Prepping For Side Effects
One of the biggest hurdles I've had to face when told I had multiple myeloma was strong consideration of the side effects, and what they would be.
First off, I didn’t want to go through chemo, so when my second opinion reference stated we would wait it out (which seems to be a normal process in multiple myeloma), I was quite okay with waiting to start any grueling process.
My stretch of 5 years was a good run until it was, yet again, time to revisit that fear of drugs that could and would potentially save my life.
My experience with chemo was what I saw my grandmother deal with in her breast cancer care, no one in my immediate bubble had cancer, so when she was diagnosed it was a new world.
I remember her weak and in pain, so that was my first experience with chemo as an outsider. Now, you’re telling me I have to take it?! There was a whole lot of thinking and rethinking, as my anxiety like so many was on 100.
I was more afraid of the process more so than what it was expected to do for the overall picture. The biggest fear and hesitancy is when the doctor or nurse comes to your room with a paper listing the most known side effects, and then the nerve to ask for you to sign it and that they’ve explained everything to you.
Let me tell you there was a whole lot of praying and hoping I didn’t grow a tail, or a third eye or something, and though I joke about it now, this was a stress-filled time.
The gamut of the side effects goes between two spectrums, and that would be light vs the harsh stuff. The usual expectations vary so when the form lists headaches and nausea, that seemed doable.
The problem I find is we become complacent with the experience, why do we have to experience any side effects at all. I know that question is for easy thinkers, but a headache for me could be the earth is shattering in migraines for someone else.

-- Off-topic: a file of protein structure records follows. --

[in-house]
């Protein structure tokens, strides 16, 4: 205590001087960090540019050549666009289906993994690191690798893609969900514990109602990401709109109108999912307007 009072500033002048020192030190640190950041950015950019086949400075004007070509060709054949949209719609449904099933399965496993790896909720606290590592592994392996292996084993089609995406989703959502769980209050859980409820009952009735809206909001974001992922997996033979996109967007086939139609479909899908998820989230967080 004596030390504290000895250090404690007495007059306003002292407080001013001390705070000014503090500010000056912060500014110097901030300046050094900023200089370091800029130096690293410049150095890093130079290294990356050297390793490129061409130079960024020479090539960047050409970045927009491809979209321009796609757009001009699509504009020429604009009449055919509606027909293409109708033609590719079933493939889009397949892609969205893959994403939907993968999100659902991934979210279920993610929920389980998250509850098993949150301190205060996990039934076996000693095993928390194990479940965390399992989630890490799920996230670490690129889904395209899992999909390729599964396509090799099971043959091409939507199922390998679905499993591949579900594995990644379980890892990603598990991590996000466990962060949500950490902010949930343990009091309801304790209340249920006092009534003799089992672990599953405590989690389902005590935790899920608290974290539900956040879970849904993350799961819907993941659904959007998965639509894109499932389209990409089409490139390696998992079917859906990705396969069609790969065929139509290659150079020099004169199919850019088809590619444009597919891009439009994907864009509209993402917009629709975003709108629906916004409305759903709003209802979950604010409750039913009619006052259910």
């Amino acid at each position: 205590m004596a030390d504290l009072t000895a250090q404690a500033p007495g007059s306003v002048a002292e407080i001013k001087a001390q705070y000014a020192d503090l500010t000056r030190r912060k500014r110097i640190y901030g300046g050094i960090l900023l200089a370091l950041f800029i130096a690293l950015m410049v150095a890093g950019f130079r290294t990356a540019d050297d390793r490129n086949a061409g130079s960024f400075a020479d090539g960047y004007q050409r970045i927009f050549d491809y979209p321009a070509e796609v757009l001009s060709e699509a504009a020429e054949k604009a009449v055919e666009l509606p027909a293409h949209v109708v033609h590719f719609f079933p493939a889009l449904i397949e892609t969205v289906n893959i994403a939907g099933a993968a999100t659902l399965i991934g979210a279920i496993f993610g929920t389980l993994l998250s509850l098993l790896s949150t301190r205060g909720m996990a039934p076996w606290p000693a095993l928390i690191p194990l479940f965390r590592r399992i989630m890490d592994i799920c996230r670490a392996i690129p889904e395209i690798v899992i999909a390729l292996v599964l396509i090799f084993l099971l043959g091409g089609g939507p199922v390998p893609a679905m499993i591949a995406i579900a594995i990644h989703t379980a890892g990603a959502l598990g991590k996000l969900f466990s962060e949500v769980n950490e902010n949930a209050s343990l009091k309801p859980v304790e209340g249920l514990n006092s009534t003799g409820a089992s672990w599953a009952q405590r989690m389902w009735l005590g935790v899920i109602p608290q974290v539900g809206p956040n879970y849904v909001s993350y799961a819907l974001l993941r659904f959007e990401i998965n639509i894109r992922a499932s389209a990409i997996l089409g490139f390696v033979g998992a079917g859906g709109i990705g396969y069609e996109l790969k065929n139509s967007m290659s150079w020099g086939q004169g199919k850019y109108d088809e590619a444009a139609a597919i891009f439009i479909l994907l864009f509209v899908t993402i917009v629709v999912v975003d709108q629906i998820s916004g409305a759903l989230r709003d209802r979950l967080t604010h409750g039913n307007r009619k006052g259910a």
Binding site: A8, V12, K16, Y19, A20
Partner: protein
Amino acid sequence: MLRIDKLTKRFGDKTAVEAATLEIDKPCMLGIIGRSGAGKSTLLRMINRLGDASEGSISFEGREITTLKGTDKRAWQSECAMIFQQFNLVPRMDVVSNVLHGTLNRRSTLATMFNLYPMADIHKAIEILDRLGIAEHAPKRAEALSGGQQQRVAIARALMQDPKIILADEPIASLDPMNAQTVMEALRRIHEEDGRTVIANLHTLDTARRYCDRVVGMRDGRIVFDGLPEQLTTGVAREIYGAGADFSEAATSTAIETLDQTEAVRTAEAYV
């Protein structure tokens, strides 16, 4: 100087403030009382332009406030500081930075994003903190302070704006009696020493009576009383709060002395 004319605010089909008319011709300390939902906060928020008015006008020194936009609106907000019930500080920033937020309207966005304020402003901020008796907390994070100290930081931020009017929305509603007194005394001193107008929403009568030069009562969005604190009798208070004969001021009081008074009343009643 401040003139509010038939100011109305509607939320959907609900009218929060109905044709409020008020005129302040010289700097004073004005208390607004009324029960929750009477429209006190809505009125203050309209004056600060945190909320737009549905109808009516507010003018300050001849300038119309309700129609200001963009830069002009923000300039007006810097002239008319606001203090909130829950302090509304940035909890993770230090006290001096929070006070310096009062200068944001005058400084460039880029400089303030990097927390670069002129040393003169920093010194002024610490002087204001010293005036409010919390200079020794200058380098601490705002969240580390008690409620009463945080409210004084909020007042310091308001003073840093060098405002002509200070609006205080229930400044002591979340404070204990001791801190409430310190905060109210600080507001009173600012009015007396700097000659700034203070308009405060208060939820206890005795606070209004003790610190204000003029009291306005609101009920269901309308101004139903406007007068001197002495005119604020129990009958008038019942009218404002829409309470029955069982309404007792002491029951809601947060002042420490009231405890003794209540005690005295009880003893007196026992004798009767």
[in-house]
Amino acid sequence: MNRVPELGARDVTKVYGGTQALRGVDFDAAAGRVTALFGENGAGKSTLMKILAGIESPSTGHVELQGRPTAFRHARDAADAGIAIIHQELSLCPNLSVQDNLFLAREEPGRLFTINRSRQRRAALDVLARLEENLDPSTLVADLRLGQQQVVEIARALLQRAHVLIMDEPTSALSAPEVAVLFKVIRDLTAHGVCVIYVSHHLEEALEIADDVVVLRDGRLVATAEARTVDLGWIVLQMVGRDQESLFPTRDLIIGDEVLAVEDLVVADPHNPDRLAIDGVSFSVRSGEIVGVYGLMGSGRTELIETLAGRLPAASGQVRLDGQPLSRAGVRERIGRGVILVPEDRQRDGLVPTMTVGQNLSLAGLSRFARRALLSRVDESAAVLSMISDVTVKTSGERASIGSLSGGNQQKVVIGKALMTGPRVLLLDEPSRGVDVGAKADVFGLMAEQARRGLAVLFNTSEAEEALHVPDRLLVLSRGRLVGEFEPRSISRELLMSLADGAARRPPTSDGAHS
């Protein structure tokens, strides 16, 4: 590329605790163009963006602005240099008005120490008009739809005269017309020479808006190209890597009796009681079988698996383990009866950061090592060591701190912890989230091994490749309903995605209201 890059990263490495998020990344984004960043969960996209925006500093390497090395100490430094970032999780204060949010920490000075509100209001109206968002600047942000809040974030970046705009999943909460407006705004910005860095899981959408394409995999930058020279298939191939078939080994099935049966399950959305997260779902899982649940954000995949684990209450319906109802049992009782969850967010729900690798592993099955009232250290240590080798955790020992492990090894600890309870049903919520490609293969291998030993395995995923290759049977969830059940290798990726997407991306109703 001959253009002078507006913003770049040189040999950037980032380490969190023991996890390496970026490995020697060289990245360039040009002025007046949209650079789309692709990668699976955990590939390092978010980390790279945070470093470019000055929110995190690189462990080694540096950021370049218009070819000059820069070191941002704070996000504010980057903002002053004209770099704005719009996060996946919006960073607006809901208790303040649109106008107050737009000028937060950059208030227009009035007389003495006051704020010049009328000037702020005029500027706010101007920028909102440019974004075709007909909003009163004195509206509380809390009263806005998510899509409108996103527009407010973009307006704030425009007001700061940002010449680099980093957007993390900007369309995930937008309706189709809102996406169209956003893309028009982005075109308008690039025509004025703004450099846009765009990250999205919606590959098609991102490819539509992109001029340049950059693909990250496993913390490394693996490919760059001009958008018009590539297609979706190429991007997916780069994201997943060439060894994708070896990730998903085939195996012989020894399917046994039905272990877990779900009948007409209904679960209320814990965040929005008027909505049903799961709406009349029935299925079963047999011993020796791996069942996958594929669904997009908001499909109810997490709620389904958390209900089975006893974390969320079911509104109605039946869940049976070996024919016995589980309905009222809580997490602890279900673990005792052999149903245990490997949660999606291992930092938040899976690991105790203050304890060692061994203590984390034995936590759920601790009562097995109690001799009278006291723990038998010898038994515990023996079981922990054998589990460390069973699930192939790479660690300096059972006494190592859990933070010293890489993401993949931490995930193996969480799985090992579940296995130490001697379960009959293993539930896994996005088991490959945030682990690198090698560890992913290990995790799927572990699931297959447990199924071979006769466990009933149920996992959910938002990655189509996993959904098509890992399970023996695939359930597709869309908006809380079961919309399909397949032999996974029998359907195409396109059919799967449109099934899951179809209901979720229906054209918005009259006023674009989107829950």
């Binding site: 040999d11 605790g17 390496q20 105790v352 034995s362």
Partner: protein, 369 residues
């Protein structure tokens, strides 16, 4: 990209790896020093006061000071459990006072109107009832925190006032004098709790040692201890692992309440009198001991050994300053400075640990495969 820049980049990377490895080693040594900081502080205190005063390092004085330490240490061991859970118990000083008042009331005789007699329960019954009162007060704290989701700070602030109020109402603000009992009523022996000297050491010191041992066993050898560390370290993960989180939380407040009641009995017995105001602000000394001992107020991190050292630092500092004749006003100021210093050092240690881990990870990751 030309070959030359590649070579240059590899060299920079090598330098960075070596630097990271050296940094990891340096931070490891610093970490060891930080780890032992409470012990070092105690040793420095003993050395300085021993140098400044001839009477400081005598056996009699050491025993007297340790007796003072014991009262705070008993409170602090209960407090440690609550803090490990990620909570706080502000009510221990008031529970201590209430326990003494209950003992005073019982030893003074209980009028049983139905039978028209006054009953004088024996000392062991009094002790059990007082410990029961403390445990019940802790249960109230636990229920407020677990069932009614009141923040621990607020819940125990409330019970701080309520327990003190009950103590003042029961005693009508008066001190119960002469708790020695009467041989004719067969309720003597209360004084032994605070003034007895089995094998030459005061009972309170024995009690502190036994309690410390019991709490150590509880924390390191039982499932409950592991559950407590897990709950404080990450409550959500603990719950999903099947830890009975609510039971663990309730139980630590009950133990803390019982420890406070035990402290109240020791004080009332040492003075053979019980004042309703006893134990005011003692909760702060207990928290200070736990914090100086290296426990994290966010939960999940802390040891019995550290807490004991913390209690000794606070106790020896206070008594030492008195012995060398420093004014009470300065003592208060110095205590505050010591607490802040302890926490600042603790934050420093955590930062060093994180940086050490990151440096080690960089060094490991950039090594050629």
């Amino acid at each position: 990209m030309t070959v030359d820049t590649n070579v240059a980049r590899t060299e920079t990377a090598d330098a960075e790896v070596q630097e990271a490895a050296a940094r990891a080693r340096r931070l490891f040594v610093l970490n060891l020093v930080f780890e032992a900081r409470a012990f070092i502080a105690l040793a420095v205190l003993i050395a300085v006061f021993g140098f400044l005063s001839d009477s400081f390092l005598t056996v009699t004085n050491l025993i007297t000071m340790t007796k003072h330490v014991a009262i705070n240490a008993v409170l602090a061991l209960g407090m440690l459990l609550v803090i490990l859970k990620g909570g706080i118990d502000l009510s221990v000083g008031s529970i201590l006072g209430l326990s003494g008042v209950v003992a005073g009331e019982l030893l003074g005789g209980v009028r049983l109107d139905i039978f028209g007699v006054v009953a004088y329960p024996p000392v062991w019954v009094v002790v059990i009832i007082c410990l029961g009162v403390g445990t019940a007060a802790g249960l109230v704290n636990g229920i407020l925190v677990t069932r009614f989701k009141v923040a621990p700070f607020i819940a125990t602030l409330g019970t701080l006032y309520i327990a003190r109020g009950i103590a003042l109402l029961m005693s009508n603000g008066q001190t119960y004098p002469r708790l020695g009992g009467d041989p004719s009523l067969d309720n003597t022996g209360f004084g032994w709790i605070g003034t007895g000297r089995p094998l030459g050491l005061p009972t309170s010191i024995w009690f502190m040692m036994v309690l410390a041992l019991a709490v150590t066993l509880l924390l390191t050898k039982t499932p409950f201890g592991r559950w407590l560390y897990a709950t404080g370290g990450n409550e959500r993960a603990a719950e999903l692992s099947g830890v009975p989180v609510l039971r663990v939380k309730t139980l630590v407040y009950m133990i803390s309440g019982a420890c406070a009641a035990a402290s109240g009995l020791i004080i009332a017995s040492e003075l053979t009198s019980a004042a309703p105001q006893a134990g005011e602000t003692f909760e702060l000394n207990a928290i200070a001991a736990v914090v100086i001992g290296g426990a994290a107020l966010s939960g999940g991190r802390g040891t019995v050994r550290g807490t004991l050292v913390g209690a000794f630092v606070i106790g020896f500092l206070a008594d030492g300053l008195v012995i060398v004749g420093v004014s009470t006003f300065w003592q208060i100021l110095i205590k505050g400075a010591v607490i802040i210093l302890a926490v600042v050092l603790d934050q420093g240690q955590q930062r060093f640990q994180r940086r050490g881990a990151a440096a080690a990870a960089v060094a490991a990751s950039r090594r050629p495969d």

I did the happy dance when I’d get through treatment with no visible signs of issues, or it was bearable. Again, my earlier visual experience as a bystander was nausea, but that wasn’t really the case so much for me. There were only two instances that heaving was on the trail, and those were resolved by re-adjusting how the chemo was administered.
Well, sometimes those items listed on the severity of side effects, are on point.
I can’t recall the drug that changed my visual sensitivity. I would have to walk close to the wall when approaching my office at work. The lights seemed ultra-bright as if the sun found its way into the monochrome office building. I found myself visiting my optometrist to ensure everything would be okay.
Another doozy would be the leg spasms. I would be minding my business and be struck with the most insane jolts of stress if that makes any sense. I wouldn’t necessarily call it pain but it would be enough to have me hold my heart and hope not to go on with this feeling for longer than I needed to.
Though my experiences may be light as I know they are, I’ve spoken to people, who’ve gone through the worst of the worst. My true fear despite it all was death because some of those side effects listed clearly list that option too. I do get the hesitancy because you just don’t know until you know, however, as time is the essence you may have to dip a bit and pray for the best.
The time to fight is now, with integrity, grace, hope, and a smile….when you feel like it
How did you feel when you first started treatment?
Have you met another blood cancer patient?